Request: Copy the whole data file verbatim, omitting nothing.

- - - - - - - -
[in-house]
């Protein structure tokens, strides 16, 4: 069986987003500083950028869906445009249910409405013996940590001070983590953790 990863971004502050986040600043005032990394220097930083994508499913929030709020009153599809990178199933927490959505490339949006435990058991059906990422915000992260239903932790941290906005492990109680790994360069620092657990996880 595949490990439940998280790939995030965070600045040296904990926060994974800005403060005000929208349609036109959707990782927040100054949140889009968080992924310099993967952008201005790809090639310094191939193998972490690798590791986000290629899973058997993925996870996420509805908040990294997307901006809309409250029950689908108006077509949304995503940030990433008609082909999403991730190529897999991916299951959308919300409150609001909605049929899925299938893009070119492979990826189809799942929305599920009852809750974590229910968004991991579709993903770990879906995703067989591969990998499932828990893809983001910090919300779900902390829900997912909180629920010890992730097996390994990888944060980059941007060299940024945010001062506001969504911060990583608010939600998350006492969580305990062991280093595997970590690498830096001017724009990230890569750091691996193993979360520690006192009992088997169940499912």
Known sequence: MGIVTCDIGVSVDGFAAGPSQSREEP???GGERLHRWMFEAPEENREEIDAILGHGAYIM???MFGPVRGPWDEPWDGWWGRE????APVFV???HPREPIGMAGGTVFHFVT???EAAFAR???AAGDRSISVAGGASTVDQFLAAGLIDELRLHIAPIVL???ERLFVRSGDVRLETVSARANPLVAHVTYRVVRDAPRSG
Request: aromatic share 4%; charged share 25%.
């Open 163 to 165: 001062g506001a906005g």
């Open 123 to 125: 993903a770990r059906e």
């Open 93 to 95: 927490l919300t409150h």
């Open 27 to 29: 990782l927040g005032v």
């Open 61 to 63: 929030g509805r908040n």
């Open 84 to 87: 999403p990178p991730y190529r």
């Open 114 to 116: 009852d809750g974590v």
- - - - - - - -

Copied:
[in-house]
């Protein structure tokens, strides 16, 4: 069986987003500083950028869906445009249910409405013996940590001070983590953790 990863971004502050986040600043005032990394220097930083994508499913929030709020009153599809990178199933927490959505490339949006435990058991059906990422915000992260239903932790941290906005492990109680790994360069620092657990996880 595949490990439940998280790939995030965070600045040296904990926060994974800005403060005000929208349609036109959707990782927040100054949140889009968080992924310099993967952008201005790809090639310094191939193998972490690798590791986000290629899973058997993925996870996420509805908040990294997307901006809309409250029950689908108006077509949304995503940030990433008609082909999403991730190529897999991916299951959308919300409150609001909605049929899925299938893009070119492979990826189809799942929305599920009852809750974590229910968004991991579709993903770990879906995703067989591969990998499932828990893809983001910090919300779900902390829900997912909180629920010890992730097996390994990888944060980059941007060299940024945010001062506001969504911060990583608010939600998350006492969580305990062991280093595997970590690498830096001017724009990230890569750091691996193993979360520690006192009992088997169940499912």
Known sequence: MGIVTCDIGVSVDGFAAGPSQSREEP???GGERLHRWMFEAPEENREEIDAILGHGAYIM???MFGPVRGPWDEPWDGWWGRE????APVFV???HPREPIGMAGGTVFHFVT???EAAFAR???AAGDRSISVAGGASTVDQFLAAGLIDELRLHIAPIVL???ERLFVRSGDVRLETVSARANPLVAHVTYRVVRDAPRSG
Request: aromatic share 4%; charged share 25%.
């Open 163 to 165: 001062g506001a906005g």
């Open 123 to 125: 993903a770990r059906e």
């Open 93 to 95: 927490l919300t409150h």
């Open 27 to 29: 990782l927040g005032v």
């Open 61 to 63: 929030g509805r908040n």
């Open 84 to 87: 999403p990178p991730y190529r």
């Open 114 to 116: 009852d809750g974590v």